Web site traffic analysis can range from simply counting unique visitors, to predicting what they’ll do based on neural agents. To understand better what your company needs, it helps to know what is available and how it all works together.
Here are typical features you should look for in a Web analytics package:
- Statistical Overlay: All analytics software records page hits, session length and unique visitors. Look for software that takes it a step further and actually gives you this data integrated with the page itself. That way you can go to a link on your site and see data on the number of clicks on that link next to the link itself. This feature makes it a lot easier to visualize what your visitors are doing.
- Dashboards: Dashboards are executive tools that collect the various stats and put them in one place for quick reference. You should be able to define what analytics you want to track and how you want to see them. With flexible dashboards, key personnel in your organization will be able to see at a glance how the site is performing, from their chosen perspective as a marketing executive, for example, or as the content manager.
- Clickstream Analysis: A basic feature of any analytics solution, clickstream analysis, also known as path or navigation analysis, tells you how users travel through your site. At its most basic, this looks like source/destination page referrals. A more robust clickstream analysis solution will use branching diagrams to show you precisely what route visitors are taking from beginning to end. But beware: This type of data can quickly become overwhelming unless you have a strategy for analyzing it.
- Custom definitions: Look for an analytics solution that builds on clickstream information by allowing you to define the behavior you want to track. For example, if you defined “conversion funnels” (see below), you could compare the actual behavior of your visitors with the specific paths you want them to take. Such an analysis will tell you whether your users are doing what you want them to, things like following a specific series of clicks to make a purchase, sign up for a newsletter, or reading several articles instead of just one per visit.
- Market Segmentation: Even if you’re not in marketing, you know that customer populations can be sliced and diced any number of ways. An analytics solution that offers market segmentation lets you look at usage data for specific populations, such as a demographic or psychographic segment, as well as by site usage. For example, frequent visitors may use your site one way while infrequent or one-time visitors use it another. Or visitors who come to your front page through an opt-in email take one path through the site, while those who click on a banner appearing in the right margin of xyz.com take another route.
- Campaign Tracking: To maximize the return on investment for your marketing initiatives, you need to know how much traffic they’re generating, the number of orders, the value of the orders, and how the resulting revenue compares to the cost of the marketing campaign. Your analytics solution should help you track keyword buys, e-mail campaigns, banner ads, and other forms of marketing, from clickthrough to goal. With the right reporting tools, you can drill down to a dollar value for individual marketing elements or compare price/volume movement to help you devise new, more cost-effective promotional strategies.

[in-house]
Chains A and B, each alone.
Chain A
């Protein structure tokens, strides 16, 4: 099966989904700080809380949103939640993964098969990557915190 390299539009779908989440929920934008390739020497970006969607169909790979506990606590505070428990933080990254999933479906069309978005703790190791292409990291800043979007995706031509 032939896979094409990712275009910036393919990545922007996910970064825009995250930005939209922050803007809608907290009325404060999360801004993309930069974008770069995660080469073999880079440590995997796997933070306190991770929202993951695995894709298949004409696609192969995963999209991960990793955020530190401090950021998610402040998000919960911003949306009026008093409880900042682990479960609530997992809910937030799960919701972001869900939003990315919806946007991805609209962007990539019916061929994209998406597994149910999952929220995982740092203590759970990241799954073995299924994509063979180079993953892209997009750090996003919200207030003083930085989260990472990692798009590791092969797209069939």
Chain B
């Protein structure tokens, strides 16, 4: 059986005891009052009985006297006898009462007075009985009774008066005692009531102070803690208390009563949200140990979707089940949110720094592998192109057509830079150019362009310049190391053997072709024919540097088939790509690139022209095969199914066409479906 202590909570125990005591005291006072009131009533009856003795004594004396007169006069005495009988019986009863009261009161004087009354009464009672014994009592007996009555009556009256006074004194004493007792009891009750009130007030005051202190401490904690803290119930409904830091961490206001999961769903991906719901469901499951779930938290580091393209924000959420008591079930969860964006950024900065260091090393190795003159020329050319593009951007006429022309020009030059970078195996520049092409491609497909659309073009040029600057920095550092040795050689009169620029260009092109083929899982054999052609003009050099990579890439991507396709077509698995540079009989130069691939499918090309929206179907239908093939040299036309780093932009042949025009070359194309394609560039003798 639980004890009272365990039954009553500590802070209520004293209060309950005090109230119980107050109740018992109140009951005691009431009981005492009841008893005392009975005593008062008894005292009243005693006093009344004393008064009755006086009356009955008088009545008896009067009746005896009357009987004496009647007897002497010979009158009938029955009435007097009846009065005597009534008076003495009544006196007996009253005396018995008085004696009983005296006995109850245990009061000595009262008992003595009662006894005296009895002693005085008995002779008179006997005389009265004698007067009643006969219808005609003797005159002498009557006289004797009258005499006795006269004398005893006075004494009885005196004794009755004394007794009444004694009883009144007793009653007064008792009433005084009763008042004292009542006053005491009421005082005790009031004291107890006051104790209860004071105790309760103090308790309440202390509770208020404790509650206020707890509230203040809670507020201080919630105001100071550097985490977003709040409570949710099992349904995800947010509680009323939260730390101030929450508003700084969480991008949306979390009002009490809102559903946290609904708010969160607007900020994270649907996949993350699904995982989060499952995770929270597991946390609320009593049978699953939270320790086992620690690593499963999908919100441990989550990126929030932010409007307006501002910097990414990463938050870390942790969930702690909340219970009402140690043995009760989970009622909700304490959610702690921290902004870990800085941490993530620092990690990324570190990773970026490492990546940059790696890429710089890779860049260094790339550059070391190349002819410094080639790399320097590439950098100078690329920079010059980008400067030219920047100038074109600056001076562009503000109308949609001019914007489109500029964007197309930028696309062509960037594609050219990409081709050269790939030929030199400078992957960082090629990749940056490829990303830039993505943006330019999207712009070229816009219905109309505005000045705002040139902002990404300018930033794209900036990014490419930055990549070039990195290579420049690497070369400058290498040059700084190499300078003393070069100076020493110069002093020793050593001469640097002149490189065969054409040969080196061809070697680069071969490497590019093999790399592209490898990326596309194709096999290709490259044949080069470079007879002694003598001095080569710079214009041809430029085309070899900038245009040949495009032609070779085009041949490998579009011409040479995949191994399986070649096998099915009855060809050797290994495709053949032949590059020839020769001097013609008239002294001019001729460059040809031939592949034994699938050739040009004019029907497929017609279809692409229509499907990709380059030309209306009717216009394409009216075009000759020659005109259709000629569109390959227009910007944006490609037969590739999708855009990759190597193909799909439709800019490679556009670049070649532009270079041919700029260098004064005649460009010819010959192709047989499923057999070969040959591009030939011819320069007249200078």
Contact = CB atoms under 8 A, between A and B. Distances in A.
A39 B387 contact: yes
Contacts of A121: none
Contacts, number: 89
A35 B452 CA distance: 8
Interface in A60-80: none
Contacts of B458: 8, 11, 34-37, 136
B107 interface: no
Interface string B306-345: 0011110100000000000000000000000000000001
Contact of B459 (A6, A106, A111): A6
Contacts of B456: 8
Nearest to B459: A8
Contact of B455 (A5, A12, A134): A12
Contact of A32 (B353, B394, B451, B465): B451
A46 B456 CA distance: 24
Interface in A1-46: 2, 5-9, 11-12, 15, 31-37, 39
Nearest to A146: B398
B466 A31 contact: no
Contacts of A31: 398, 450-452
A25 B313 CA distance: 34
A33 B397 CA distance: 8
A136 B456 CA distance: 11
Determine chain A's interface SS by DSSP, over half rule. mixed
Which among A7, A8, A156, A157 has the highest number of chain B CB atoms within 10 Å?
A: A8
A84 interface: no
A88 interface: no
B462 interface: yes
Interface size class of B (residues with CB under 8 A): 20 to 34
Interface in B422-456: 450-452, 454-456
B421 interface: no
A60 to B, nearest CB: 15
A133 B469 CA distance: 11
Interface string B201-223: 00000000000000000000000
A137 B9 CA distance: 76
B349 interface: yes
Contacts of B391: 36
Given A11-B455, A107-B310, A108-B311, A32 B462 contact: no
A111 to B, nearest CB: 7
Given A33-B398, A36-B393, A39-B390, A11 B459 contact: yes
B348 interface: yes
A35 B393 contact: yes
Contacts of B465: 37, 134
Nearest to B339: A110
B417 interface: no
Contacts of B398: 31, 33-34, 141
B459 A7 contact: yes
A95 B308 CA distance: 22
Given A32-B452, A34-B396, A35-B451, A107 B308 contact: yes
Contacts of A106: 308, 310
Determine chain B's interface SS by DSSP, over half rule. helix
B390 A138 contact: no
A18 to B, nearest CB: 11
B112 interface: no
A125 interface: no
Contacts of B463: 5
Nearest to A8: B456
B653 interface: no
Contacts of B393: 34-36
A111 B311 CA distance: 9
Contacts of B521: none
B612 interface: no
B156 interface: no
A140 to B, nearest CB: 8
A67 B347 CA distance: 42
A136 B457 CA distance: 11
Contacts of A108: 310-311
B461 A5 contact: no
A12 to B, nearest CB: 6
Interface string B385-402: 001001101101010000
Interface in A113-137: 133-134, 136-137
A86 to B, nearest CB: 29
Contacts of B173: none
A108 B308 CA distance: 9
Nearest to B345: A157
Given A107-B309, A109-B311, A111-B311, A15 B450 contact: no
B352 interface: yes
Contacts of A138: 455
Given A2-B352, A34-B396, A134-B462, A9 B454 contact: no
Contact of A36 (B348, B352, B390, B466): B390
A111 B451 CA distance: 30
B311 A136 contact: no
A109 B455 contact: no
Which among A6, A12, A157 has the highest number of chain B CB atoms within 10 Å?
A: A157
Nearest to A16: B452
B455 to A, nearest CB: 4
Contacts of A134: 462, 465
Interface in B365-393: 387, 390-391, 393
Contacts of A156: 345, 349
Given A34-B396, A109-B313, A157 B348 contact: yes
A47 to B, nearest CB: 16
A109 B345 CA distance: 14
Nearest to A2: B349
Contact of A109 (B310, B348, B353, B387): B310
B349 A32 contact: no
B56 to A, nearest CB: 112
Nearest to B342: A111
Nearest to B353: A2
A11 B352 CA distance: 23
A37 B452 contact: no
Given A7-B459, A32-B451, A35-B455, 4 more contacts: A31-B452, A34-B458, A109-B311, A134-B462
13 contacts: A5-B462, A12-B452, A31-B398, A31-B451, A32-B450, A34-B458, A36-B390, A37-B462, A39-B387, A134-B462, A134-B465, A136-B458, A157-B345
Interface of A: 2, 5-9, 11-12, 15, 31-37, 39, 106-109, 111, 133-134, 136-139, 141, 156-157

- Conversion Funnel Monitoring: Suppose your customer has a 6-step process from banner to buy:
- Click on an ad banner –> View product page
- Click “Add to Shopping Cart” –> View shopping cart
- Click “Check out” –> View order form
- Fill out billing/shipping info- -> View payment options
- Fill out credit card info –> View order confirmation
- Confirm order –> View Thank You
Assuming the visitor makes it to the first step and lands on your site, there are still five more opportunities to lose the sale. Fewer and fewer people make it through the process at each step. When charted, this pattern looks like a funnel that appears narrower or wider, depending on your conversion rate. Whatever it looks like, a good analytics package will tell you exactly how many people are dropping off at each stage. This gives you the clues you need to identify and remove barriers and increase conversion.
- Form Abandonment: You’d be surprised how much damage an overly ambitious form can do to a site. An analytics package that tracks form abandonment will tell you the field on your form that caused a visitor to give up. For example, as the manager for a lead-generation site, you may see a contact request form as the perfect opportunity to gather geographic information. But if asking for zip code is causing 40 percent of your visitors to walk away, then you have to ask yourself if that extra bit of information is really worth it. An analytics package with this feature will give you the data you need to make that decision.